Legit Literary Agent Or Scam? Here’s How To Tell | Writer’s Relief

by | Literary Agents | 38 comments

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Legit Literary Agent Or Scam? Here’s How To Tell | Writer’s Relief

Having a literary agent express interest in representing your book is a dream come true for most writers, and you might be tempted to sign on the dotted line without any hesitation. But the experts at Writer’s Relief keep a close eye on the publishing industry and know that there are good, legitimate agents—and unscrupulous literary agents and publishing scams to which even the savviest writer may fall victim. Here’s how to tell if that seemingly great opportunity is from a legit literary agent or a scam.

How To Tell A Legit Literary Agent From A Scam

It’s important to know what you’re getting into before you sign any contracts. Do an Internet search and check out a prospective agent’s social media presence to get a feel for who they are. You’ll learn more what kind of agent they would be for you and might also uncover evidence of unprofessionalism that you will want to avoid.

Look into the agents or agencies you want to query, and when in doubt, ask for more info. You can even ask other seasoned writers, whether that be in your own circles or online. Writers are a close-knit bunch, so if someone finds a sketchy agent, they will most likely warn others to steer clear. Having a community is definitely a great way to find the resources and support you need for success.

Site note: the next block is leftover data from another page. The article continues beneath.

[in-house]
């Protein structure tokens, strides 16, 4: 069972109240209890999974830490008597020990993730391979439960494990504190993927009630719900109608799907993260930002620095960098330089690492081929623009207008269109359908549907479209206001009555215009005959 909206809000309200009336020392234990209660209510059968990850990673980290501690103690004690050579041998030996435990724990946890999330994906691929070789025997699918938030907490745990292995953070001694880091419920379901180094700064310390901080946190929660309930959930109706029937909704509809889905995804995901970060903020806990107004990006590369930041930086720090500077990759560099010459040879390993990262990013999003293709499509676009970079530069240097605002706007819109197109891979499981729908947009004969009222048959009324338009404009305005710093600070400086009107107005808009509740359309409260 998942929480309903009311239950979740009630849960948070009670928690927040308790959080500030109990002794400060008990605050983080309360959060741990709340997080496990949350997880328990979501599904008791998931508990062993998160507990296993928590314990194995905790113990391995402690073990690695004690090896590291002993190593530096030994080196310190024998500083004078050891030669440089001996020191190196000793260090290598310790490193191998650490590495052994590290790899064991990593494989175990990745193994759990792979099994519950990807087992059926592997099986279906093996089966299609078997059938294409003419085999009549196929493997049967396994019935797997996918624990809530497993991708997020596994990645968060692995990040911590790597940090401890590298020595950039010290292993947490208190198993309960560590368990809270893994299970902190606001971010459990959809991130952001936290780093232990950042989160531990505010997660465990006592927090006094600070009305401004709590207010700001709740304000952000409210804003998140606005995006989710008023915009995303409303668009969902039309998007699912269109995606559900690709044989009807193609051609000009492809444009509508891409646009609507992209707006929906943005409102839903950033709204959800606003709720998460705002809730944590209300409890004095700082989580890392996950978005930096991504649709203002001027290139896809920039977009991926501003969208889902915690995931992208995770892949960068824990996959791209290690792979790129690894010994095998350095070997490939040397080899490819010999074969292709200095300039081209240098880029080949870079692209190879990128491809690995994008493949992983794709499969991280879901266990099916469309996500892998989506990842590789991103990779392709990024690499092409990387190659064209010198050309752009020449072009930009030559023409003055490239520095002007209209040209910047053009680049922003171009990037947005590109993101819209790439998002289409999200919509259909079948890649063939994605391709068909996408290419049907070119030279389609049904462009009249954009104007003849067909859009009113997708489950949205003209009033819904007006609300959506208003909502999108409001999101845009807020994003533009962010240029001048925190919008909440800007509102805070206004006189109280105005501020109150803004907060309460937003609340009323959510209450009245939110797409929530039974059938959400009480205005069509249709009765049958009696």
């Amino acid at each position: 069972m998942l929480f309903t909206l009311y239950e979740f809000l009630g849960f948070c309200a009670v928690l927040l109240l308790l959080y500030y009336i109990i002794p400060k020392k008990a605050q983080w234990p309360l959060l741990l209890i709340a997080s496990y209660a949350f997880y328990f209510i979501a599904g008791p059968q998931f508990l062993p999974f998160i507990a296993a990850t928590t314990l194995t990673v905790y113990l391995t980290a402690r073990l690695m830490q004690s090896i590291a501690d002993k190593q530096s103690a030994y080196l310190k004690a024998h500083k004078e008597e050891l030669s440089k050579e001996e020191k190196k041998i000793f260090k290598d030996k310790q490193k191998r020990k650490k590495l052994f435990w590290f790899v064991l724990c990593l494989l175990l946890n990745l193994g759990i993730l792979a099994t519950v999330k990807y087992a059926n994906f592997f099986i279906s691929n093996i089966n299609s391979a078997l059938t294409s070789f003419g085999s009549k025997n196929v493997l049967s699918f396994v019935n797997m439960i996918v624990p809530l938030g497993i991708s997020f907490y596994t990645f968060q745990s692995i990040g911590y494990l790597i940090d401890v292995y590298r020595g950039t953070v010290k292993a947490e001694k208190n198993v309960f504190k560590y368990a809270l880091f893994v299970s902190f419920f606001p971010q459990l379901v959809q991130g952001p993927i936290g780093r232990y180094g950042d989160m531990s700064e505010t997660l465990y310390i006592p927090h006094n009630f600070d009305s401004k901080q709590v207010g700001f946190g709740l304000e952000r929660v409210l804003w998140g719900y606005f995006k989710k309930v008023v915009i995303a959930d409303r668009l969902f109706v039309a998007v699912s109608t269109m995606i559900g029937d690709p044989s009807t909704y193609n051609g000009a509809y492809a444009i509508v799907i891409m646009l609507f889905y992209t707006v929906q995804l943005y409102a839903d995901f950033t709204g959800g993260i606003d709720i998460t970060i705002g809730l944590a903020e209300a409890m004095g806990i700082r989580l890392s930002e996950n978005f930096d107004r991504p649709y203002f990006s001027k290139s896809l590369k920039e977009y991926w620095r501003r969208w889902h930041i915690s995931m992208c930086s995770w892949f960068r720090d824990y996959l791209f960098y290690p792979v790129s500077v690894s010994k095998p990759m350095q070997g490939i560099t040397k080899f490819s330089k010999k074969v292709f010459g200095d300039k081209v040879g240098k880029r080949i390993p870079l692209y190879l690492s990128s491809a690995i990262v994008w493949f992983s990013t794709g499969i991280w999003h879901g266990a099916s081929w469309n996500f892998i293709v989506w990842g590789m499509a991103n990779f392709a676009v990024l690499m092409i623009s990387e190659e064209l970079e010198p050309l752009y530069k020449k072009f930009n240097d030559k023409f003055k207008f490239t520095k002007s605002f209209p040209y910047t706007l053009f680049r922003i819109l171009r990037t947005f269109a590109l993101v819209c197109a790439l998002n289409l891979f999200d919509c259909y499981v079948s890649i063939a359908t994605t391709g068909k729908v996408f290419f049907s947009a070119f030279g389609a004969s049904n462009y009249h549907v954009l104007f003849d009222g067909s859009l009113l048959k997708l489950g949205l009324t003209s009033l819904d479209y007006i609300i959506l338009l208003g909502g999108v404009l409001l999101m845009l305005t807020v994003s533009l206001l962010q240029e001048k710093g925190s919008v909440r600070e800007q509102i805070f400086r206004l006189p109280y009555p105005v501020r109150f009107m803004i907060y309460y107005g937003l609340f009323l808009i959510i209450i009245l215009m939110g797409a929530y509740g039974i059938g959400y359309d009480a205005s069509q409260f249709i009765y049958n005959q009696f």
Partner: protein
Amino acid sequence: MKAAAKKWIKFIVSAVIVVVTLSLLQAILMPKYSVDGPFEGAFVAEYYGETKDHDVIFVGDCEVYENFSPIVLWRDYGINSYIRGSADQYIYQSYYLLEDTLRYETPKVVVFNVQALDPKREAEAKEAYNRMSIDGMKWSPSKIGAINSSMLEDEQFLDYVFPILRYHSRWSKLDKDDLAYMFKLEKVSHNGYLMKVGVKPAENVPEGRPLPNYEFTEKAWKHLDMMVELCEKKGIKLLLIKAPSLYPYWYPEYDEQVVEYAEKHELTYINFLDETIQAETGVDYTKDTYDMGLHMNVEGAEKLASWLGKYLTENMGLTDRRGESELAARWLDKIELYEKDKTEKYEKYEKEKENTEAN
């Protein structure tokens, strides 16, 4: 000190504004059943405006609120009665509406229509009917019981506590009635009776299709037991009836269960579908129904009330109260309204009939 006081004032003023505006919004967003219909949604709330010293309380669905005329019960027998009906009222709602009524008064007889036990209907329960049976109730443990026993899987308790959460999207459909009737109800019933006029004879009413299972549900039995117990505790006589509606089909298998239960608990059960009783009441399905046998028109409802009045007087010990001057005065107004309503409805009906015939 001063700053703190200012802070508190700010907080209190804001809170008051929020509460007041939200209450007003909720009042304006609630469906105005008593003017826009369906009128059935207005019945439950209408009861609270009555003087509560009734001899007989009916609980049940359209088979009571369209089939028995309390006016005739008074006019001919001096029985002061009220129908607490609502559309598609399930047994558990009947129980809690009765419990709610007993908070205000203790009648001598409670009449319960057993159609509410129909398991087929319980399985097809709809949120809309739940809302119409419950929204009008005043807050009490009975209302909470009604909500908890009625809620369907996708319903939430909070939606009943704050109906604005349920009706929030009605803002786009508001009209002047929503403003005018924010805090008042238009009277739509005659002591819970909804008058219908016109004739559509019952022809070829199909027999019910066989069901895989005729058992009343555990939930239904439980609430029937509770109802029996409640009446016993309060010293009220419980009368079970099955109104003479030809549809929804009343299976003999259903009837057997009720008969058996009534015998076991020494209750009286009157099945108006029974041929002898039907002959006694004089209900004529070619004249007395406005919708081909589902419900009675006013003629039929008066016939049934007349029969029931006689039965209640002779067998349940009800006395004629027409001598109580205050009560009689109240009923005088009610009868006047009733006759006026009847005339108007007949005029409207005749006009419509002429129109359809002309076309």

Here are some red flags to watch for:

Signs To Watch Out For

Fees. Agencies only make money through book sales. That’s it. Full stop. Reading, evaluation, and marketing fees are not the standard and are even looked down upon by the publishing industry. This wasn’t always a red flag, but the Association of Authors’ Representatives (AAR) abolished these kinds of fees after several agencies abused them, charging for material they had no intention of committing or even giving a chance to. And if an agent asks you to pay them for every small expense, they may not be legitimate.

Pie-in-the-sky promises. A good agent will never promise you’ll be the next J.K. Rowling, because that outcome is a fraction of a percent of what author success actually looks like. Agents who make outlandish promises of “best-seller sales” either aren’t familiar with the industry or are trying to bait you into signing with them—without ever intending to fulfill their end of the bargain. Instead, look for an agent who is more realistic about what they can offer and what you might achieve.